According to DRED, if you include everything – the spending at local stores to fees paid at the state parks – the industry supports some $4.2 billion in consumer spending in New Hampshire, supporting some 49,000 jobs and paying some $1.2 billion in wages and salaries.

Much of that is not actually spending on outdoor apparel of course, but as DRED Commissioner Jeffrey Rose explained, “we are very dependent on outdoor recreation and the advanced technical textile companies are very worthy of the support of this bipartisan legislation.”

Timberland alone employs about 360 people in New Hampshire, employees who mainly do R&D and marketing. The company’s manufacturing is all done overseas, so the company has to pay the tariff to import that back into the U.S.

“Simply put, these tariffs on recreational performance apparel are outdated and no longer warranted, given how the market has evolved,” said Kristine Marvin, vice president and general counsel for Timberland. “This bill will result in reduced consumer prices for the apparel they need to enjoy their time in the outdoors – like the waterproof jackets Timberland has offered for years. In addition, the funds realized will be funneled into R&D that will identify more sustainable textiles and materials innovations.”

Cam Brensinger, CEO of Dover-based NEMO Equipment Inc., wanted to manufacture its equipment – primarily tents – in the United States, but it simply could not compete. It wasn’t just the cost of labor, he said, it was finding people with either the skills or the interest to work at it.

“Young Americans do not want to grow up and sit at sewing machines all day,” he said. 

Indeed, the main reason there is any manufacturing in the United States has less to do with tariffs and more to do with a federal requirement that military contract purchases contain a certain percentage of domestically made supplies. Indeed, that requirement has caused NEMO to buy more supplies here once it started landing military contracts.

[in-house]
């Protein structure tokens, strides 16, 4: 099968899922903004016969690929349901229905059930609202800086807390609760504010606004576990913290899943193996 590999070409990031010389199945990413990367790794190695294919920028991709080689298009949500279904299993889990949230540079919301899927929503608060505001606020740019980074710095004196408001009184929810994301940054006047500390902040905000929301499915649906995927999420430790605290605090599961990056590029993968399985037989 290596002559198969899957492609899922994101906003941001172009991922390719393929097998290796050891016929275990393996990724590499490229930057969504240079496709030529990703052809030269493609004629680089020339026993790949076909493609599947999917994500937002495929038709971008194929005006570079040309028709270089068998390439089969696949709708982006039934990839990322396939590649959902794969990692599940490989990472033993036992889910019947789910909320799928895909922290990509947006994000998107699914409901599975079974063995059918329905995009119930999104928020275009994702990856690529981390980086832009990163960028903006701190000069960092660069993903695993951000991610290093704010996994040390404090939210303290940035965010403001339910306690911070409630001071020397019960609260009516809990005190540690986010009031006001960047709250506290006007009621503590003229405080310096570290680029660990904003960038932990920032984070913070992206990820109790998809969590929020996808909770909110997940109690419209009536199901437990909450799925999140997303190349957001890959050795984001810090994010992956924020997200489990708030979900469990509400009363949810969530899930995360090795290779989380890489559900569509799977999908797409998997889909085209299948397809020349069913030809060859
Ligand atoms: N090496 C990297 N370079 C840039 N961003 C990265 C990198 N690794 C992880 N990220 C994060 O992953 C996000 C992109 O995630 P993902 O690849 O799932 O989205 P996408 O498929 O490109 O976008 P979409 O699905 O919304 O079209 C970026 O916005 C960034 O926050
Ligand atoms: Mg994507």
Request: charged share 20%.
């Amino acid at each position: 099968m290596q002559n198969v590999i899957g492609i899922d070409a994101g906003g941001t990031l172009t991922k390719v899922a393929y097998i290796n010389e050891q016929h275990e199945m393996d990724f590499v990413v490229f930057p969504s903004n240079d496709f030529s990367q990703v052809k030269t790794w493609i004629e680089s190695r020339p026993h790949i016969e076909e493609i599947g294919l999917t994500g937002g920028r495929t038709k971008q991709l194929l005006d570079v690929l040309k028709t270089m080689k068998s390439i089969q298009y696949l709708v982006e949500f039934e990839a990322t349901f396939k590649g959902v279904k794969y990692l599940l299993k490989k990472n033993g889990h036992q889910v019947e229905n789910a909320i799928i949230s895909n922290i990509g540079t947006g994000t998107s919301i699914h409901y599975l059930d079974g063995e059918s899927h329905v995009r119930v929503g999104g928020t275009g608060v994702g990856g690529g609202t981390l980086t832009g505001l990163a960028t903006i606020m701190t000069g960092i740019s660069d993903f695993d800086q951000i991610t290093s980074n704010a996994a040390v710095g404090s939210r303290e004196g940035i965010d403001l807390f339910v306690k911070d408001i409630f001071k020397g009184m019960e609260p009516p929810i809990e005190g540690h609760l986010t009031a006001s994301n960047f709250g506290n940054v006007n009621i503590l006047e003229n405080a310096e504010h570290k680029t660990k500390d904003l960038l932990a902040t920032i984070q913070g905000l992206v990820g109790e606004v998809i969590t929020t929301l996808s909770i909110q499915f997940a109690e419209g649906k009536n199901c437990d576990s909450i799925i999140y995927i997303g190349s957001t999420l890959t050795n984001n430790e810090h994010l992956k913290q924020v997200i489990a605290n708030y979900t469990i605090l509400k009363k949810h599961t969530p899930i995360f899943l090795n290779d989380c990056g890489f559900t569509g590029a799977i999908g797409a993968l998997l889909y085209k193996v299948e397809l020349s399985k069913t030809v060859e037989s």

Brensinger said he would make more of his textiles in the United States. “It’s becoming fashionable in the market, but you can’t buy the lightweight textile that we need. The lightest we are buying is out of Korea and Japan.”

NEMO won’t be directly helped by the act, since it covers apparel not equipment, but he still supports it because it helps the industry in general, making it more affordable “for young people who might want to get off their couches and go hiking.”

He also said he hopes that tariff reductions might spread to outdoor equipment. If so, he would be able to lower prices for customers, though he said he wouldn’t mind pocketing “a point or two” to improve his own company’s margin.

That this might be the first step is also among the worries of domestic textile manufacturers. And there is some skepticism, expressed by Nadler, that tariff relief will translate into lower prices for consumers, instead being passed on to shareholders.

Whether the bill is the first or last step, it is taking an awful long time.

Rich Harper, the Outdoor Industry Association lobbyist, is encouraged that Senate Finance Committee voted a portion of the bill out of committee as an amendment to a trade bill involving Africa, Haiti and other underdeveloped countries. “This is further than it has ever gone before,” he said.  “It’s a good step forward. It’s a decade-plus opportunity.”